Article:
I made the most of my itinerary, wherever my travels happened to take me. On this trip, I was in such a hurry to get to Jerusalem I skipped Ephesus and docked in Miletus. But I called elders to meet me. It was like this for me, city by city, class by class, meeting by meeting, attending to the Spirit even when the Spirit’s news wasn’t good, like the fact I was told that imprisonments and persecutions awaited me.

But I made the most of my life by making the most of my ministry, sharing the hope of repentance, inviting people to walk by faith in Christ, and testifying of “good news of God’s grace.”

We have to make the most of our lives because we’re all judged by what we do. It’s not a moral standard against which we’re judged, but against what we’ve been given, what we’ve earned, and what we can do. God expects us to make the most of our lives. God’s judgment isn’t scary. It’s just God saying, “I gave you this; what did you do with it?”

I wanted the Ephesian church—and every church, even your church, even you—to make the most of life by making the most of ministry. My instructions for the Ephesian church and your church were two-fold.

First, I told them to be responsible overseers. Build up the church and protect it against wolves. Wolves don’t look like wolves. They come in sheep’s clothing. They distort the truth of the Gospel. They come dressed as what is popular. Or dressed in what is convenient. Or dressed in the easy, low-cost option. They come dressed in nationalism. Responsible overseers protect against such wolves.

Second, I told them to generously provide for the ministry. For example, I had outside support (my own work included) which I combined with gifts from other churches to further my ministry. This was my example for the church’s to follow: To work to supply the needs of the church and to be able to give to needs of others. It’s what Jesus taught me: “It is more blessed to give than to receive.”

So I worked and I gave. I discovered that work is holy when it leads to giving. Or to put it backwards, generosity makes any work holy. Even yours. So I worked and I gave and guess what? I was blessed. That’s how a church is blessed also.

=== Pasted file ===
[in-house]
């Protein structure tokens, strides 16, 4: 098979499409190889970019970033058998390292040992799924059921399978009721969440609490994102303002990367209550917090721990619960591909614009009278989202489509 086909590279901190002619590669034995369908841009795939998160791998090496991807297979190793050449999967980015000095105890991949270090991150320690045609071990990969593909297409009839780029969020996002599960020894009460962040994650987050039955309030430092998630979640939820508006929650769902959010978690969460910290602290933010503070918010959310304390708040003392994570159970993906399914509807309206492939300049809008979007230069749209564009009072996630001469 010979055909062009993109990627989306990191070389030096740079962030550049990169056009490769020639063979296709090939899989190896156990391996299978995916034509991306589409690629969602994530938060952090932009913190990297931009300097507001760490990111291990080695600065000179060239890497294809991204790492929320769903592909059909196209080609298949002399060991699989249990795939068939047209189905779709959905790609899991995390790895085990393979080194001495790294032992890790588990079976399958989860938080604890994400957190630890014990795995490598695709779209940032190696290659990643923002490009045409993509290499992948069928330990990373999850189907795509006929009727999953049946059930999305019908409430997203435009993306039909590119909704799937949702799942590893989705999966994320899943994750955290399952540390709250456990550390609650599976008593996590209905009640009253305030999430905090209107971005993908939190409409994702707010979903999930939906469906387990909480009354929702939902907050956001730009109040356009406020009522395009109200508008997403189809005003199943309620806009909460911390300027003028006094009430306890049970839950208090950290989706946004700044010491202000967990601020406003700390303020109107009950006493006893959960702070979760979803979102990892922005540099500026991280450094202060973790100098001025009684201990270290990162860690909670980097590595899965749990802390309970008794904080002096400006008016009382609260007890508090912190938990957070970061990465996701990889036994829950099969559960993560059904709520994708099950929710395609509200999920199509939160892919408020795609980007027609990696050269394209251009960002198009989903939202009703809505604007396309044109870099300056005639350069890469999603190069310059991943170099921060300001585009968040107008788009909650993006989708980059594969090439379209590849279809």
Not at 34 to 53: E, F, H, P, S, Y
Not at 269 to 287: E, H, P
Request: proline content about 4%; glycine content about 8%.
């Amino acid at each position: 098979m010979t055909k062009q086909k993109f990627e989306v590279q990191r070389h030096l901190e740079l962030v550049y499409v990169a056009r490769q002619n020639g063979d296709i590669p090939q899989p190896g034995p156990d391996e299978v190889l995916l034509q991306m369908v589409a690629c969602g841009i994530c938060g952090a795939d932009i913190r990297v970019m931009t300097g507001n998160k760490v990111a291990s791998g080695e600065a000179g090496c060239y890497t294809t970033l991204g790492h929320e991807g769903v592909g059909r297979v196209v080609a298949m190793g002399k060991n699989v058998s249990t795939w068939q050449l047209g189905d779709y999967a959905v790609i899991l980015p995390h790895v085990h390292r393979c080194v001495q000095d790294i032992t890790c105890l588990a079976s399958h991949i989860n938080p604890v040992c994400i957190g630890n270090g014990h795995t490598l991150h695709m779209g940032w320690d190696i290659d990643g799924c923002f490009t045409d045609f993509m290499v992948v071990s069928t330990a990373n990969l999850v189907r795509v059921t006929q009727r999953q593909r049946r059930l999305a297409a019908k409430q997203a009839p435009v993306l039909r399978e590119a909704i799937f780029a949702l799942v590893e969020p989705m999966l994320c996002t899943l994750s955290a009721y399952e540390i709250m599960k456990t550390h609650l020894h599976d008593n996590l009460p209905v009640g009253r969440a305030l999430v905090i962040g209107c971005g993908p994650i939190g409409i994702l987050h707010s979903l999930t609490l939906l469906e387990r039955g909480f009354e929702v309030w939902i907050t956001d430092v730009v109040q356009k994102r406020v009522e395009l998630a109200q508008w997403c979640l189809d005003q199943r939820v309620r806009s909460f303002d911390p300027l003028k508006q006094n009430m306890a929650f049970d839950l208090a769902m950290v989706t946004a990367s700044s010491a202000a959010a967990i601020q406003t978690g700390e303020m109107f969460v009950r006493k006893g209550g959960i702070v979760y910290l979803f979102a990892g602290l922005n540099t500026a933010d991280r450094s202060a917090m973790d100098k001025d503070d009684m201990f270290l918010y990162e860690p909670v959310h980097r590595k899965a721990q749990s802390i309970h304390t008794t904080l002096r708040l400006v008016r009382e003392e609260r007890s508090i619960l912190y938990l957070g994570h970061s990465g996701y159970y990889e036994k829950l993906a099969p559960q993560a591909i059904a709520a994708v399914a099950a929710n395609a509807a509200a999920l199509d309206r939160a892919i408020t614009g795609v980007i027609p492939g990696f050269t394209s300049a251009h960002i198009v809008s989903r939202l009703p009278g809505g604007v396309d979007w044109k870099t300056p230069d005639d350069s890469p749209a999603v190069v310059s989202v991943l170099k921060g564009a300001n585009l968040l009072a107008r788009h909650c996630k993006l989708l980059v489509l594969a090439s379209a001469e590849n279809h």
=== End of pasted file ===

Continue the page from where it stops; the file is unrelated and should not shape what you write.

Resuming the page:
Faith Presbyterian Church—your church—shows signs of being blessed, of making the most of its life and ministry. You have responsible overseers building up the church. You care for children from the nursery through to the youth group. You care for the lonely and the mourning. You serve one another in worship.

And your responsible overseers protect you against the wolves. They listen to God’s Word not only with their heart but also with their mind. They not only entrust the world to God in prayer, they envision God’s will for the world and put it in prayer!

Your church also generously provides for the needs of others. You serve meals and provide housing to homeless people. You support your denomination. You give away $1,000 every month to ministry partners around the city and world.

I knew I was leaving. I envisioned the church without me. I said to them, “You can make it. You can make the most if you work together, keep faith, and walk the line as disciples of Christ.” Well, the elders from Ephesus took it to heart. We knelt and prayed together, embraced, kissed, and wept together. One of them even wrote the book of Ephesians in my name!

What about you? Will you take my words to heart? Will you make the most of your life by making the most of your ministry? I offer you my prayers and this promise—straight from Jesus, through me, to you—it is more blessed to give than to receive.